Maternal Health

Prioritize sexual and reproductive health agenda in COVID- 19 guidelines, State urged


The maternal mortality ratio was 362 maternal deaths per 100,000 live births, which accounts for 14 per cent of all deaths to women aged 15-49. This is according to Kenya Demographic and Health Survey (KDHS), 2014.

Unfortunately, these figures have increased exponentially due to the current COVID- 19 pandemic that has brought socio-economic challenges to most households, following government’s directives to impose on partial lockdown.

While the significance of addressing the pandemic has taken centre stage, the grim state of sexual and reproductive healthcare remain prevalent even before the onset of the pandemic. Lack of access to maternal products, rising cases of Female Genital Mutilation (FGM), child marriages, teenage pregnancies and Gender Based Violence are some of the predominant incidents recounted during this season.

In its publication, United Nations Population Fund UNFPA’s “Reproductive Health for Communities in Crisis” describes how in times of crisis, reproductive health needs are likely to be overlooked.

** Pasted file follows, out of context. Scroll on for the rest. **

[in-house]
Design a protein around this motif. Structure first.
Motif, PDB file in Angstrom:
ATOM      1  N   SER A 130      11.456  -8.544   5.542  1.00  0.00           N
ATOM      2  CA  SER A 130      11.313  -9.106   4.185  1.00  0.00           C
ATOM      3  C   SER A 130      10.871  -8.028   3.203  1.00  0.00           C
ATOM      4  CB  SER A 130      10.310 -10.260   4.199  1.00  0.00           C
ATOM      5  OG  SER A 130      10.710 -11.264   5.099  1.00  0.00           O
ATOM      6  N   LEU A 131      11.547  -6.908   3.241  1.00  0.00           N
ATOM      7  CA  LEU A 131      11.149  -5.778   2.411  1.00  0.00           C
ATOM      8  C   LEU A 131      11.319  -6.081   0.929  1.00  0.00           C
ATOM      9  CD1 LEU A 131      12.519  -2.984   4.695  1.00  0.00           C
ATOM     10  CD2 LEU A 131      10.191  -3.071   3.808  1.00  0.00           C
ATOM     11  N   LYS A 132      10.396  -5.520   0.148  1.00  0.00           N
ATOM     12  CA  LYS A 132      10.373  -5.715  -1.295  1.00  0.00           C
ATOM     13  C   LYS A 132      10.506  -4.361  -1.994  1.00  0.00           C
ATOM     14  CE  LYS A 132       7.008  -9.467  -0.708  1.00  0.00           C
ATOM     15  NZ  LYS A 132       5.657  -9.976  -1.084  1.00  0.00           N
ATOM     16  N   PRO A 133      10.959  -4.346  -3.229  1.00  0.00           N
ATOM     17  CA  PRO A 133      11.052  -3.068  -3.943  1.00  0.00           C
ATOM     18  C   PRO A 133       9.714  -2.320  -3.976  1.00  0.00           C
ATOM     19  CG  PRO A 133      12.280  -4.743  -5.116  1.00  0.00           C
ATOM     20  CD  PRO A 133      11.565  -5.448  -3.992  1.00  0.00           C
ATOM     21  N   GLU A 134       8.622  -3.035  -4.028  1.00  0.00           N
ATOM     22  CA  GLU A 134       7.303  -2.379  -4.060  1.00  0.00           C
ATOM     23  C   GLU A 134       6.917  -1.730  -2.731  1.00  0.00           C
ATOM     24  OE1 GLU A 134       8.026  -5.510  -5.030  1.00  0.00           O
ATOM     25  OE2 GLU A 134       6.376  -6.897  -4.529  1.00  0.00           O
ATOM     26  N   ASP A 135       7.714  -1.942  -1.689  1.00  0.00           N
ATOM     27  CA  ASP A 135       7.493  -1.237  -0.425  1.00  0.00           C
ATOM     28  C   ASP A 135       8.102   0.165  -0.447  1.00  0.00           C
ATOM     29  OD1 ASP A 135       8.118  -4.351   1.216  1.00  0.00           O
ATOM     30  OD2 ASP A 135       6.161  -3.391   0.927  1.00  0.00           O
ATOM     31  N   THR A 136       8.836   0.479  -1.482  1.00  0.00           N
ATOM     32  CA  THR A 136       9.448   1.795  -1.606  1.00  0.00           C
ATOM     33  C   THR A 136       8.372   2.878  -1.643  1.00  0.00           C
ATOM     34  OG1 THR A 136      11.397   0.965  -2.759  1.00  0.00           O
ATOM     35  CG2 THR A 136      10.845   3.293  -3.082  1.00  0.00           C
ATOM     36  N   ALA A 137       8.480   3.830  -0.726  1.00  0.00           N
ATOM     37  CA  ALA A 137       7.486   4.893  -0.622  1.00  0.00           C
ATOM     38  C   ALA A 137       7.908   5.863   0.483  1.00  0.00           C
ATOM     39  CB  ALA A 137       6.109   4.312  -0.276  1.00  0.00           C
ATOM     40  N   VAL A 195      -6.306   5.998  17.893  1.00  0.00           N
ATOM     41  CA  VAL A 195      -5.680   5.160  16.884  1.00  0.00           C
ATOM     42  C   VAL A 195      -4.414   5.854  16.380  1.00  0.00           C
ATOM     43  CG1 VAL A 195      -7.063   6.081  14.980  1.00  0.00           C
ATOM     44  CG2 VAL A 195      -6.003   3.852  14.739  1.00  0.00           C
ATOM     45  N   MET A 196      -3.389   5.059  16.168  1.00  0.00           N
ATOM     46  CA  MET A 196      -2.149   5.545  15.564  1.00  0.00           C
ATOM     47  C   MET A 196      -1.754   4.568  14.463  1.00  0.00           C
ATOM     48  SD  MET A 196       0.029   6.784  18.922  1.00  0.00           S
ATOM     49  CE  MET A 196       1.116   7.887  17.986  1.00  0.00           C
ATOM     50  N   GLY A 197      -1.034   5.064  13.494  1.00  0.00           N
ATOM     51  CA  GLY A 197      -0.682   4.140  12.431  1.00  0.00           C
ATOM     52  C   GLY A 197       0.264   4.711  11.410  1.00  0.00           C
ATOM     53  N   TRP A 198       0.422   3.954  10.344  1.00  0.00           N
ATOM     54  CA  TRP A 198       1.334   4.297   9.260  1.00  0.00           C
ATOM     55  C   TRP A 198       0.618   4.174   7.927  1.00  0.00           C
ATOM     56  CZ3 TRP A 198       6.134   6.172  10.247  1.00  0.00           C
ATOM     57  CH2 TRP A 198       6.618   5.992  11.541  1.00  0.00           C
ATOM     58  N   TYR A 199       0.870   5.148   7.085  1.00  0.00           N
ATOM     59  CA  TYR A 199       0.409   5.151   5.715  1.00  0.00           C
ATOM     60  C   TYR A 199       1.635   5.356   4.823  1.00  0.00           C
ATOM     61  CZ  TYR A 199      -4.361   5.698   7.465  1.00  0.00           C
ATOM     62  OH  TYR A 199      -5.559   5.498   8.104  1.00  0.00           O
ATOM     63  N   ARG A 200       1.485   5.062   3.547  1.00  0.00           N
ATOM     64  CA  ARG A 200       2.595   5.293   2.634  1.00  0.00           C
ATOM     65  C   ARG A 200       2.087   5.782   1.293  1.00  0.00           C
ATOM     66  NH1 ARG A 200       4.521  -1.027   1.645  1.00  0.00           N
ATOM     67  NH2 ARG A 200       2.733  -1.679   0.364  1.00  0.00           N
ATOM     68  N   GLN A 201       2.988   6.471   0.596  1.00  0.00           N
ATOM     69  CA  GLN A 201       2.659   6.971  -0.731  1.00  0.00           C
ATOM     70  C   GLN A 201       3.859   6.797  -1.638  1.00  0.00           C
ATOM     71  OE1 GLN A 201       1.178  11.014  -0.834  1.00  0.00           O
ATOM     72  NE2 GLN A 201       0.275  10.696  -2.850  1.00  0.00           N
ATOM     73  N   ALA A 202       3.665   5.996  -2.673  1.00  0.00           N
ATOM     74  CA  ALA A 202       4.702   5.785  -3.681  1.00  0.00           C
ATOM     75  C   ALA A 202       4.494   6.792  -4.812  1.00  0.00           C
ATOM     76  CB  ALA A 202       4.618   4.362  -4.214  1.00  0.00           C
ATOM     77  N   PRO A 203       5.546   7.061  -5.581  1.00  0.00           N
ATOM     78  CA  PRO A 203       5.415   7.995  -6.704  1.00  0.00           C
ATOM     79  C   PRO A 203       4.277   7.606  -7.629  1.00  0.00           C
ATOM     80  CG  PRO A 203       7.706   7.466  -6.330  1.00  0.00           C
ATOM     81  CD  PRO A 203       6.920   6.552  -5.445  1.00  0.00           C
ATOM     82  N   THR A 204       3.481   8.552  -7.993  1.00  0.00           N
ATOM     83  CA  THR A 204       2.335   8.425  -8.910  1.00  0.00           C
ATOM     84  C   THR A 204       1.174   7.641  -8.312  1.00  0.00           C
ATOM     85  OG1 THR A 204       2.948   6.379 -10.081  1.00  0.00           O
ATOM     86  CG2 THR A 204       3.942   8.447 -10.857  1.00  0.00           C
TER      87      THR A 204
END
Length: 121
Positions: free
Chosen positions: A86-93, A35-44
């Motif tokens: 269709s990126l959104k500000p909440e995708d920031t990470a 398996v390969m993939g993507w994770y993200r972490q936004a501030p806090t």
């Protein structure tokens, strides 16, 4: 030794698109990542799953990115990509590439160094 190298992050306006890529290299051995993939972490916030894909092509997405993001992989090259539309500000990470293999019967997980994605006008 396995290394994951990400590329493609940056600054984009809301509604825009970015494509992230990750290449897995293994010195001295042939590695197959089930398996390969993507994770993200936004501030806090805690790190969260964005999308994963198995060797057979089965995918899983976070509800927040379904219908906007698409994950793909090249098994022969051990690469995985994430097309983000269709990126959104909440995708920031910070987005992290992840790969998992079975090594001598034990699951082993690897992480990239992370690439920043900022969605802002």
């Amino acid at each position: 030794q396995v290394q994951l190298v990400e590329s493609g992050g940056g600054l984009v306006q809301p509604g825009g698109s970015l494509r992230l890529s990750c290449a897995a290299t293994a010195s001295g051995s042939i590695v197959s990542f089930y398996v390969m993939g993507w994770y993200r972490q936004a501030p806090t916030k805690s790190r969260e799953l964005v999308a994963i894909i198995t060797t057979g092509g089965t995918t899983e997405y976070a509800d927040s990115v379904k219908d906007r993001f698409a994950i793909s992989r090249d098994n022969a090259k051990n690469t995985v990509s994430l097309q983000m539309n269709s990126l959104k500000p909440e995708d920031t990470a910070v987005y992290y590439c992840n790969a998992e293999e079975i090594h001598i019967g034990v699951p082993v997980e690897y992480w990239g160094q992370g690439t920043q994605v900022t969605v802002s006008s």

“Ante-natal and postnatal visits have drastically gone down. Women are no longer visiting hospitals for their check-ups or their children’s for fear of exposure to coronavirus infections. This is a red flag as it could cause maternal and child mortality,”

said UNFPA Kenya Programme Coordinator Dr. Rael Mutai.

Speaking during a virtual stakeholders’ forum on the impact of COVID- 19 on sexual and reproductive health rights, Dr. Mutai said that the disruptions have resulted to maternal health medics reassigned to COVID- 19 response teams. She added that most maternal health clinics have not resumed their normal operations and may only open ahead of curfew time, inconveniencing most women to access the facilities for assistance in contraceptive methods and child’s healthcare.

READ  How well prepared are we on the current trends in sexual reproductive health amid COVID- 19 pandemic?

Inua Dada Founder Janet Mbugua echoed Dr. Mutai’s sentiments saying that most women and girls, especially those living in the informal settlements are suffering from ‘period poverty’, a setback that has resulted to young girls engaging in transactional sex for money in order to not only access sanitary products but also to support their families.

“Due to job losses, women no longer earn their daily wages and the little they get go to providing food for their families over acquiring sanitary towels. With schools closed and movement restrictions across counties, vulnerable girls in urban slums and rural areas are really in dire need of financial and menstrual health support,”

lamented Mbugua in the webinar facilitated by New Faces New Voices Kenya.

Rising cases of teenage pregnancies was also deliberated especially with the recent report that about 4,000 school-going girls below the age of 19 have been impregnated in the last four months in Machakos County, according to the County’s Children’s Department.